Agriculture and food are already strictly integrated in the EU in terms of single market and common
policies. The effort needed to establish the proposed JPI will be of enormous help in integrating
these crucial sectors also in terms of legal and administrative funding of national research programs,
beyond this specific JPI.

6.     Preliminary suggestions concerning the governance and implementation of JPI
     State the level of the envisaged involvement of the participating countries. Provide preliminary
     suggestions on the common vision, governance structure and the implementation of the
     proposed JPI. Such information could include, among others:

     The participation of relevant regional, national, international and European stakeholders,
     including, where appropriate, the private sector;
A large number of EU-MAS will definitely be interested in the theme of the present JPI. In fact,
consultations among the bodies (i.e. SCAR and ETPs) representing the major stakeholders possibly
interested in this JPI have been taking place during the last several months, and consensus between
the main actors on this theme has been reached.

     Estimate of human, scientific and technical resources required to carry out the proposed JPI
     (number of researchers, requirement on the research infrastructure, industry cooperation etc.);
It is too early a stage to get into details on this point. The proposed theme should first be formally
shared by other EU-MAS, and the players and the specific research goals defined.
In general, the relevance of the theme proposed would envisage a large participation of public and
private research institutions of the EU-MAS involved in this JPI, as well as a large and durable
support, both financial and in terms of facilities and infrastructures.
However, it is clear that Europe already has the necessary competences and at least some of the
initial infrastructures needed for this JPI. The new challenge is to orchestrate these competences and
develop further the infrastructures and individual components present in the participating EU-MAS.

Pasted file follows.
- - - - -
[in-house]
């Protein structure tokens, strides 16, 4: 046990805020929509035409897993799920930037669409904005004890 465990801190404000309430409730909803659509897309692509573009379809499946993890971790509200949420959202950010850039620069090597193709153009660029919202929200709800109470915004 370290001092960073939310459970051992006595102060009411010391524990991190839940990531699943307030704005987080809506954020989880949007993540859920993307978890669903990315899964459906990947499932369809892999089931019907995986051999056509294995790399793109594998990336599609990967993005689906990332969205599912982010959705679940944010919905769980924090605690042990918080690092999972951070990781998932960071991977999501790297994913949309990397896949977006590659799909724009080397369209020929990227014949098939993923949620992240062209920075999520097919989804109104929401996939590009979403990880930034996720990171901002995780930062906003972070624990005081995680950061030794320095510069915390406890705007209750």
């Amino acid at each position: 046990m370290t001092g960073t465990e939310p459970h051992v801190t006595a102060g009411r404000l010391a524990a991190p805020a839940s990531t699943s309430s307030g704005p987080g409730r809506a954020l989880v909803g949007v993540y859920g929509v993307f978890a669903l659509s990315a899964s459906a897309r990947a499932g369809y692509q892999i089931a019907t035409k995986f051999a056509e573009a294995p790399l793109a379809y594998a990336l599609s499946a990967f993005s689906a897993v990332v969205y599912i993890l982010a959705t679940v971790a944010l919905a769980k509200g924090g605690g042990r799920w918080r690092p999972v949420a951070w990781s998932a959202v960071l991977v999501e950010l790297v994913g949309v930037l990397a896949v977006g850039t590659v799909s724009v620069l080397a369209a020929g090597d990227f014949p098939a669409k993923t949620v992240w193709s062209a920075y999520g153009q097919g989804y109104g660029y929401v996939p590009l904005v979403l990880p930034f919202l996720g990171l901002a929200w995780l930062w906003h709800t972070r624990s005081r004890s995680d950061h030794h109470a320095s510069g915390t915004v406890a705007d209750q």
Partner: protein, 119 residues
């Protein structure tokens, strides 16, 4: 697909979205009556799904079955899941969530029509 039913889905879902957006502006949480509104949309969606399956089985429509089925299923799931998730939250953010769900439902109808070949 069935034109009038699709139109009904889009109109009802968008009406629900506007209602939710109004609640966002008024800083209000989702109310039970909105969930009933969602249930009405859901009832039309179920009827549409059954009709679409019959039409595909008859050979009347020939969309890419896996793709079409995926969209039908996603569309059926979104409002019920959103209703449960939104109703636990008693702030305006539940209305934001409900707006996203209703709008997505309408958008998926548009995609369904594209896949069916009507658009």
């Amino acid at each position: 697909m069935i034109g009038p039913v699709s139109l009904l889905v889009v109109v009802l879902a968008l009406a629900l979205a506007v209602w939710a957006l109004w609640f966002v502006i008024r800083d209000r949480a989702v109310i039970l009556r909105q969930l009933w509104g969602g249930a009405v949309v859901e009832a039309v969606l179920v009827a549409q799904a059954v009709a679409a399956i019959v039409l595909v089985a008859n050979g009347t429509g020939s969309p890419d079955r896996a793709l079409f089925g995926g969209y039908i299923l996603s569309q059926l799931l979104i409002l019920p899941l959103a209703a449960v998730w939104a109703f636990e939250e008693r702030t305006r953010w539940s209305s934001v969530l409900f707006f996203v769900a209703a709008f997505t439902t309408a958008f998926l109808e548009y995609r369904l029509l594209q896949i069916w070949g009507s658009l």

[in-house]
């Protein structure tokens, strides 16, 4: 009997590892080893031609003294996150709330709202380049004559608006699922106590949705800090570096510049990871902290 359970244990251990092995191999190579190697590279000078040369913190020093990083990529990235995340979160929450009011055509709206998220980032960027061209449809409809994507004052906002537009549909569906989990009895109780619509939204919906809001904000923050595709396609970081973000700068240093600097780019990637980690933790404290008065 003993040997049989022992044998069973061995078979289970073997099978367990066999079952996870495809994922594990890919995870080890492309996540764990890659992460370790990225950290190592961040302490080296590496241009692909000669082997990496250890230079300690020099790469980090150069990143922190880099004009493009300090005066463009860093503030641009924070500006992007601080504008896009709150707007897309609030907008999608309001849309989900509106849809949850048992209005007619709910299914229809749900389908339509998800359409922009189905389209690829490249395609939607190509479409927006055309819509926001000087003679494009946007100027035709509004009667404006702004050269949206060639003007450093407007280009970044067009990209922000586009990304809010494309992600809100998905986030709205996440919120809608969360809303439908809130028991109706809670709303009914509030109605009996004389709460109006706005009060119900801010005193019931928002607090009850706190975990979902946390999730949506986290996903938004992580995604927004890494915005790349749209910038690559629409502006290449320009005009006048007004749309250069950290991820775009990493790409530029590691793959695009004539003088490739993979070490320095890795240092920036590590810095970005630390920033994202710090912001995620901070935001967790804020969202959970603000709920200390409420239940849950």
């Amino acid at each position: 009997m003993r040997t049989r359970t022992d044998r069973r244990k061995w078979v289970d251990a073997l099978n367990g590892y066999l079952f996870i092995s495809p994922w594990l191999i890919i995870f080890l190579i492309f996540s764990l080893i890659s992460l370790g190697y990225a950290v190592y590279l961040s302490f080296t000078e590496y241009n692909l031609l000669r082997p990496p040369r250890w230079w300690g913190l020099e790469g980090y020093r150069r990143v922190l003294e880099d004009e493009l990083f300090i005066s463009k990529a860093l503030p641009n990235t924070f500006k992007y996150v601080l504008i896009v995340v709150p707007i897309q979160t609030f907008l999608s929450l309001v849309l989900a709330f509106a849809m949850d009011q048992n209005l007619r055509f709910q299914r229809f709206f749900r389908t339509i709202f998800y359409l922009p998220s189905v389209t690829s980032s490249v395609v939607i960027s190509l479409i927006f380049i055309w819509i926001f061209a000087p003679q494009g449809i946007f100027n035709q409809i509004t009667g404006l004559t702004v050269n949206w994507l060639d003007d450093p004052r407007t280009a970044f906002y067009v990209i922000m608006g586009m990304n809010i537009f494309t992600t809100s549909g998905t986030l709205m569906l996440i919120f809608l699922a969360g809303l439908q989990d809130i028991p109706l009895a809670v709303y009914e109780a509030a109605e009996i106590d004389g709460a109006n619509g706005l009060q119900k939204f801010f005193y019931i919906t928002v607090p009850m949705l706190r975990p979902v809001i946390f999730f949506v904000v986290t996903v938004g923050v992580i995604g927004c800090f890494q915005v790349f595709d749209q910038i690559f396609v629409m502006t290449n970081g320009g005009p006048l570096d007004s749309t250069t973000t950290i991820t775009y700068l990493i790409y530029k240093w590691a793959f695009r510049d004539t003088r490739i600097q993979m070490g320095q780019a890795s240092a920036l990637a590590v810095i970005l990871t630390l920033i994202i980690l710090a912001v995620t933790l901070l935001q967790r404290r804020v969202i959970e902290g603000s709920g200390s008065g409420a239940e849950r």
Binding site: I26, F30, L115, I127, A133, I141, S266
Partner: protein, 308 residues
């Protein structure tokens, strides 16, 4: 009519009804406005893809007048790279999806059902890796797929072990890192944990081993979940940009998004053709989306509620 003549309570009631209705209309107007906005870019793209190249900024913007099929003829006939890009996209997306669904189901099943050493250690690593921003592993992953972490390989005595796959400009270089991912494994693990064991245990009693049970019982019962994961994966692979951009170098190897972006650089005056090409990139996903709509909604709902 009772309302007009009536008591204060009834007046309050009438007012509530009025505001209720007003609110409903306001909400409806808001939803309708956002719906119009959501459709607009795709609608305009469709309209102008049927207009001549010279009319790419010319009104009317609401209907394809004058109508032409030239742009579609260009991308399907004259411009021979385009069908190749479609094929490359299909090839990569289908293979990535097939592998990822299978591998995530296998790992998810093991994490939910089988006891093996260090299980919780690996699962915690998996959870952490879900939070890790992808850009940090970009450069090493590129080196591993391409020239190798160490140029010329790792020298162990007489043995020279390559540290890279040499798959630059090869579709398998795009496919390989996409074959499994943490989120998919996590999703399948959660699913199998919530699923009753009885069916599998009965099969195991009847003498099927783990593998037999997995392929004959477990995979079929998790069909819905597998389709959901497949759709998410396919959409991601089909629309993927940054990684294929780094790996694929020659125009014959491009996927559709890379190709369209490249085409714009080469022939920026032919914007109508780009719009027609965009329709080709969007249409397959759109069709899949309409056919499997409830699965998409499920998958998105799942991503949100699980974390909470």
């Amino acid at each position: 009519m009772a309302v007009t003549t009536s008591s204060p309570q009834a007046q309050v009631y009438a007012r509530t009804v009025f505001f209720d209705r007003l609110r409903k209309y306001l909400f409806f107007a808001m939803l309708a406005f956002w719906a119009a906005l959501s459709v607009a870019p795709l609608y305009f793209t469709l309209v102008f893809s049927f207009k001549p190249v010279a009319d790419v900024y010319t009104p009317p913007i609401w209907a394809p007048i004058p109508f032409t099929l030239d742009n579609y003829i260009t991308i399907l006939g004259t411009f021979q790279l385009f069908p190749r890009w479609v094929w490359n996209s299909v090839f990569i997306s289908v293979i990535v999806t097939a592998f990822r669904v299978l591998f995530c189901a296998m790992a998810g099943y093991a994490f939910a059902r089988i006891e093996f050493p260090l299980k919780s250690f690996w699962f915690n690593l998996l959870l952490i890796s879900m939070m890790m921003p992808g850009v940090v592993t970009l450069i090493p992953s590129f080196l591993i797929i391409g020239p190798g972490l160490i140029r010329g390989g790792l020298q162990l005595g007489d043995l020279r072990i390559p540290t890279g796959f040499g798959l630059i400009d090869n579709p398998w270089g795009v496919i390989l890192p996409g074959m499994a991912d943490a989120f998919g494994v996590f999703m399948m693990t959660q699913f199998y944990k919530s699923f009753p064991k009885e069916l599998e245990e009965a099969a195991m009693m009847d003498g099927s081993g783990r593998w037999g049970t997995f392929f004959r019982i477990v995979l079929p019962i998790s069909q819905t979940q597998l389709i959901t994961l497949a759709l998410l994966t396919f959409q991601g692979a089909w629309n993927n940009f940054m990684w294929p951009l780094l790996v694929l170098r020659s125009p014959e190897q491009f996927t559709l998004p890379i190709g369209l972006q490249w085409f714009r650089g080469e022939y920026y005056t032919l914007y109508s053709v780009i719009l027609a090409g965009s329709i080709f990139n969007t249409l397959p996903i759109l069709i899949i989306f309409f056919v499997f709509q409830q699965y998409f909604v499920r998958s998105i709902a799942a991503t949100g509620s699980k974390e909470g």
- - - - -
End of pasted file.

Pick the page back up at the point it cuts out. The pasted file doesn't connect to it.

Indicative overall budget and indicative contributions from the different participants;
Too early to predict, but given the scope and the vision of this JPI a large budget should be

     Approximate duration of the research activities;
The activities of this JPI should be supported for a rather long period of time (at least 5-10 yrs) and
a monitoring system should be established to assess the achievements and possibly readdress
objectives if and as needed.

     Indications for success/performance indicators which should be in harmony with the evaluation
     systems of the Member States/associated countries and the EC;
The usual and internationally accepted indicators of success for research programs will have to be
utilized along the implementation of the proposed JPI.

    The possibility to nominate the Steering Board of the participating countries and its leader;
Highly feasible: EU-MAS have long been leaders in the research themes proposed, and the
necessary human resources are therefore already present.
Italy as the proponent?

    Intended implementing agencies, and the structure for cooperation between them.
Collaborative efforts among EU-MAS have been already established (e.g. ERA-NETs), the
appropriate participating funding bodies (Ministries, Academies, Research Councils etc.) identified,
and the administrative and legal tools have been devised. These should serve as model for the
establishment and functioning of this JPI.
It is now high time to scale up the existing collaborative schemes, and focus the EU efforts on the
emergence in the coming years of a very problematic global situations.

     Openness to additional participant countries at a later stage, taking into account the principle
     of open access as referred to in paragraph 7 of the Council conclusions (enclosure).
Food security, quality, safety and sustainable production are a global concern: the coordination and
collaboration of the present JPI with other large-scale international intiatives in this sector are
therefore highly recommended.
In addition, collaborative partnerships of the non-EU-MAS countries already associated to FP7
should be envisaged.